“How strange,” you’re thinking. “The Lady has sacrificed a perfectly clear double entendre in order to make its risque meaning not only obvious but obligatory. This is very unlike her; she is not in the habit of dumbing down her wordplay for the sake of the dimmest possible pedestrian. So what’s up with that hyphen?” Here’s what’s up. The Lady inserted the hyphen (and compromised her craft) as a show of support for her favorite Australian Mariner, Ryan “Hyphen” Rowland-Smith, who has been struggling mightily ever since the Lady announced her retirement. The hyphen represents the eternal bond between rugged Aussies and saucy American ladies.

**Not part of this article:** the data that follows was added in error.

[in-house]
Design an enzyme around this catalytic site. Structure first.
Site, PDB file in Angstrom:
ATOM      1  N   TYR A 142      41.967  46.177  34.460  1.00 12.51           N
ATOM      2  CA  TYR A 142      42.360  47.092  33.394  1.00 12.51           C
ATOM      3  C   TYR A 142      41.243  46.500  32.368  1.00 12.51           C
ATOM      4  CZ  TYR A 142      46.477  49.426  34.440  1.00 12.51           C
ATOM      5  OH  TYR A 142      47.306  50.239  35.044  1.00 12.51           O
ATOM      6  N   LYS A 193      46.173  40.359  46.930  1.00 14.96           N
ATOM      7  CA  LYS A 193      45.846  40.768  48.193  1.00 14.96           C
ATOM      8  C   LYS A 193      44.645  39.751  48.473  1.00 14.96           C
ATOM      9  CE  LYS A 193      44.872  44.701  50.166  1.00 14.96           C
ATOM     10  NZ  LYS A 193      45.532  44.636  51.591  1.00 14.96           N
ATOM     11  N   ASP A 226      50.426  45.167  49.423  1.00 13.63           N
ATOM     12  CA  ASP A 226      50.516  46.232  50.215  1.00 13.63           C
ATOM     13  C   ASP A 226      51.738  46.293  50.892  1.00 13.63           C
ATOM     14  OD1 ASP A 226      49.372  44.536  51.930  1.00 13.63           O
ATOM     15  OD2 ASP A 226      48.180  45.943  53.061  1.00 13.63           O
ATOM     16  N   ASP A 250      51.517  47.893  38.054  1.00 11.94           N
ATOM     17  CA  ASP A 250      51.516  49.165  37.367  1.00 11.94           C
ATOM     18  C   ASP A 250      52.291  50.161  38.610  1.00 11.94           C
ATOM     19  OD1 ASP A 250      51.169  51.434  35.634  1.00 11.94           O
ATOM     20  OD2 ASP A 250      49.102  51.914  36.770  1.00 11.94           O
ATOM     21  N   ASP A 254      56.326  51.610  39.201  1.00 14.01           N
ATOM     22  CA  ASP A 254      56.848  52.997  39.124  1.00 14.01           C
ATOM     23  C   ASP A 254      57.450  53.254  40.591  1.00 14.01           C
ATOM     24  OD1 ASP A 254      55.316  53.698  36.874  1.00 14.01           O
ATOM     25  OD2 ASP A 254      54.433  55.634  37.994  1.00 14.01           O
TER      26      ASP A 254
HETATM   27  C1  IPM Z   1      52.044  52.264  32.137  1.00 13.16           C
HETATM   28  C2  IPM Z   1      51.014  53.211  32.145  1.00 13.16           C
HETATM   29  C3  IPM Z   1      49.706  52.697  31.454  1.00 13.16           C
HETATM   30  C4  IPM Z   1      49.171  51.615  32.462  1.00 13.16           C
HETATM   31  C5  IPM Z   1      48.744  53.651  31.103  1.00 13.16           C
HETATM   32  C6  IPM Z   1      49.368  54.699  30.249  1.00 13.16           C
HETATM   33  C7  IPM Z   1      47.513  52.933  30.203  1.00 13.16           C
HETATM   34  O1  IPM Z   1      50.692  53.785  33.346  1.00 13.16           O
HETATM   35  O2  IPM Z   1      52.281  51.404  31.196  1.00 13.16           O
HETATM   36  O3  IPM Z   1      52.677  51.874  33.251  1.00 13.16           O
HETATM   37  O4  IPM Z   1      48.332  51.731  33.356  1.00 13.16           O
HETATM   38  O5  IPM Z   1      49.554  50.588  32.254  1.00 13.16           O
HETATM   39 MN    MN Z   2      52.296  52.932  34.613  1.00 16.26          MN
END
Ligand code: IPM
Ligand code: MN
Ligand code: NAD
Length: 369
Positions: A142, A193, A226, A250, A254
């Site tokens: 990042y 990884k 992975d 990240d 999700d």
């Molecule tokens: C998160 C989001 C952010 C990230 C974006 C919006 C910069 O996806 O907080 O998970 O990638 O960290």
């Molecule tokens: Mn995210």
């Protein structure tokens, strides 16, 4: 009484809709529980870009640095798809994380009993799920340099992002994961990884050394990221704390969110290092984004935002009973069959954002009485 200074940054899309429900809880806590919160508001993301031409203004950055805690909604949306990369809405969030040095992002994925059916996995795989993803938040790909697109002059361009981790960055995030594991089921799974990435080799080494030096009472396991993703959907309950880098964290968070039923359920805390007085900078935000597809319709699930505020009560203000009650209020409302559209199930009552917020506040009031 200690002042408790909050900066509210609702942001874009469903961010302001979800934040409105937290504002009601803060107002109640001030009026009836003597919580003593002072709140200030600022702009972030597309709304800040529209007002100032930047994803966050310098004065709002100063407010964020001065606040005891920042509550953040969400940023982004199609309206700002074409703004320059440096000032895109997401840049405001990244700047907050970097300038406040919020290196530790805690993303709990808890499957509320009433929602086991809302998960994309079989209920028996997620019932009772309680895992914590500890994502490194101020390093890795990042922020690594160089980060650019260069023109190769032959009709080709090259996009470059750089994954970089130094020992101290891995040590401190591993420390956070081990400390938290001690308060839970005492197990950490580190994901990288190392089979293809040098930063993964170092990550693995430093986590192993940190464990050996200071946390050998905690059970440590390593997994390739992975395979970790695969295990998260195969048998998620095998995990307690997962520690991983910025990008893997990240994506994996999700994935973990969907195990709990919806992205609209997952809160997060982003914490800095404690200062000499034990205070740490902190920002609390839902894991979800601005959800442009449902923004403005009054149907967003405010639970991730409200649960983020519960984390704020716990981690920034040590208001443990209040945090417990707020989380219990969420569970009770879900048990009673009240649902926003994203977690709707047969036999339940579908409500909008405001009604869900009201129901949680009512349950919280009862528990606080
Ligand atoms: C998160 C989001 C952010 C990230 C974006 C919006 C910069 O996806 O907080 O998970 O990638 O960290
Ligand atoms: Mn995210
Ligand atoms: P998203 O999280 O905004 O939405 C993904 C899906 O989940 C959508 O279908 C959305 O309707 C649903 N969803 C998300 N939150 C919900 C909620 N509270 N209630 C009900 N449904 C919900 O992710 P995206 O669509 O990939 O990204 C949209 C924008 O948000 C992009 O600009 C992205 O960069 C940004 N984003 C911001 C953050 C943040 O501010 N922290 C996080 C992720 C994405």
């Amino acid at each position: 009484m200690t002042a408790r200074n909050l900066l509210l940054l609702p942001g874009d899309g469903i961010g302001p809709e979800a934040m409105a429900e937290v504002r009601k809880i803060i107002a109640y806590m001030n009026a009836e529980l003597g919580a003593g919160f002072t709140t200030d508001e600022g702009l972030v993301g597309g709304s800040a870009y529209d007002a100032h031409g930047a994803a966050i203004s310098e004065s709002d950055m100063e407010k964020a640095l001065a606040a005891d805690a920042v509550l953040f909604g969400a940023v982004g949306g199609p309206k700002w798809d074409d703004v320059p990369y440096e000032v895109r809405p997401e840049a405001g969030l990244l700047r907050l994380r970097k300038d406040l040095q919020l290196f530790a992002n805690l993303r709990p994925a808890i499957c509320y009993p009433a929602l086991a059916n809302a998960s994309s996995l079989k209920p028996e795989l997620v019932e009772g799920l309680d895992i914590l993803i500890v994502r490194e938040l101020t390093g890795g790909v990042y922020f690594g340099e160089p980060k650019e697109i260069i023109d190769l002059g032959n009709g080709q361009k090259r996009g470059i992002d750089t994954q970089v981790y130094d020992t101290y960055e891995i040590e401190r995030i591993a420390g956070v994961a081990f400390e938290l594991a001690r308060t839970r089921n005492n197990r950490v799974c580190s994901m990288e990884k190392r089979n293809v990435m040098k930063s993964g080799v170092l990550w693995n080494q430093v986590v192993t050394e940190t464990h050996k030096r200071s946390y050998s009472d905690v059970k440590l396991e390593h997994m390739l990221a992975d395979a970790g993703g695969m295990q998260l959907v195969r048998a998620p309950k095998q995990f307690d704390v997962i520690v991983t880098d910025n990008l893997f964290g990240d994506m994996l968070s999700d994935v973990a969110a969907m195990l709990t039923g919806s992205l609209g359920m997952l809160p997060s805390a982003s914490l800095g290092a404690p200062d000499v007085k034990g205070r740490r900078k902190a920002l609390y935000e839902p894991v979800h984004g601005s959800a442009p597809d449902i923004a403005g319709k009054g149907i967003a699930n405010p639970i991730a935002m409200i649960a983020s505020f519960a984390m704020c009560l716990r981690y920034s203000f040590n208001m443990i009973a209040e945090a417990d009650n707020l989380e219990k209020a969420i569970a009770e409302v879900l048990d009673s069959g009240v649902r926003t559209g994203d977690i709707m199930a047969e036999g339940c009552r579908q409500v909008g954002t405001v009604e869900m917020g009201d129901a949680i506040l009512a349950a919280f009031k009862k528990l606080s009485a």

2 Responses

  1. Now … can anybody tell me who this fine wordsmith that has entertained us for years … actually is?
    It seems a great pity that her/his skills may be lost forever after June 27th …

  2. Excellent question, James.

    There are several theories about the wordsmith’s true identity. Some of them are pretty outlandish (e.g. the employees all collaborate on the puns, the patrons submit ideas), but the most commonly held belief, and the most likely, is that the puns come from a guardian spirit of the building who, much like the Oracle at Delphi, can only be consulted by the most virtuous (if not virginal) of maidens.

    If you would like to learn more about the priestesses of Our Lady, come to one of the PlayDays this weekend.

    If you would like to see more discussion of the provenance of Lusty Lady puns, you might enjoy this post:

    thanks for your interest, and stay pious,

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